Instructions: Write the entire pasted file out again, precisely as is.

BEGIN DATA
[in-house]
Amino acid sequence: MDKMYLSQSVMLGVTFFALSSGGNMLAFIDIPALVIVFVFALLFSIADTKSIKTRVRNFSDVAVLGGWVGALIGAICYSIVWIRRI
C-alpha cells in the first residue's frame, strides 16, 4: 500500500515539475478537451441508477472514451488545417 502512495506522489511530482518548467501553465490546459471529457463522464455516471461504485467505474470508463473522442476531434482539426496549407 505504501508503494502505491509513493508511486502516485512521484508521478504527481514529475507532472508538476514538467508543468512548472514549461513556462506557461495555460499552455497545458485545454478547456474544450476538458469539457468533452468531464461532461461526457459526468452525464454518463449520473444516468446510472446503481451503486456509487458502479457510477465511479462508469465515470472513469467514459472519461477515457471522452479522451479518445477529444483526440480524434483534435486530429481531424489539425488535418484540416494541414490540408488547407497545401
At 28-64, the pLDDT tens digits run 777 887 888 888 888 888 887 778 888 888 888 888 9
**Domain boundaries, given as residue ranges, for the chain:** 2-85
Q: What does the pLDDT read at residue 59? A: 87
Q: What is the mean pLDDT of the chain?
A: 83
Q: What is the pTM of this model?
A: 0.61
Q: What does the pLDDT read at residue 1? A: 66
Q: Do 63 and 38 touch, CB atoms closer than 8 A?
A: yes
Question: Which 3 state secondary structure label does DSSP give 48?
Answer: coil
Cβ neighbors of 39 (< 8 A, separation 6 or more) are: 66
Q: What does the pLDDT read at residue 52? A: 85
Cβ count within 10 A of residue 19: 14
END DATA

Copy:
[in-house]
Amino acid sequence: MDKMYLSQSVMLGVTFFALSSGGNMLAFIDIPALVIVFVFALLFSIADTKSIKTRVRNFSDVAVLGGWVGALIGAICYSIVWIRRI
C-alpha cells in the first residue's frame, strides 16, 4: 500500500515539475478537451441508477472514451488545417 502512495506522489511530482518548467501553465490546459471529457463522464455516471461504485467505474470508463473522442476531434482539426496549407 505504501508503494502505491509513493508511486502516485512521484508521478504527481514529475507532472508538476514538467508543468512548472514549461513556462506557461495555460499552455497545458485545454478547456474544450476538458469539457468533452468531464461532461461526457459526468452525464454518463449520473444516468446510472446503481451503486456509487458502479457510477465511479462508469465515470472513469467514459472519461477515457471522452479522451479518445477529444483526440480524434483534435486530429481531424489539425488535418484540416494541414490540408488547407497545401
At 28-64, the pLDDT tens digits run 777 887 888 888 888 888 887 778 888 888 888 888 9
**Domain boundaries, given as residue ranges, for the chain:** 2-85
Q: What does the pLDDT read at residue 59? A: 87
Q: What is the mean pLDDT of the chain?
A: 83
Q: What is the pTM of this model?
A: 0.61
Q: What does the pLDDT read at residue 1? A: 66
Q: Do 63 and 38 touch, CB atoms closer than 8 A?
A: yes
Question: Which 3 state secondary structure label does DSSP give 48?
Answer: coil
Cβ neighbors of 39 (< 8 A, separation 6 or more) are: 66
Q: What does the pLDDT read at residue 52? A: 85
Cβ count within 10 A of residue 19: 14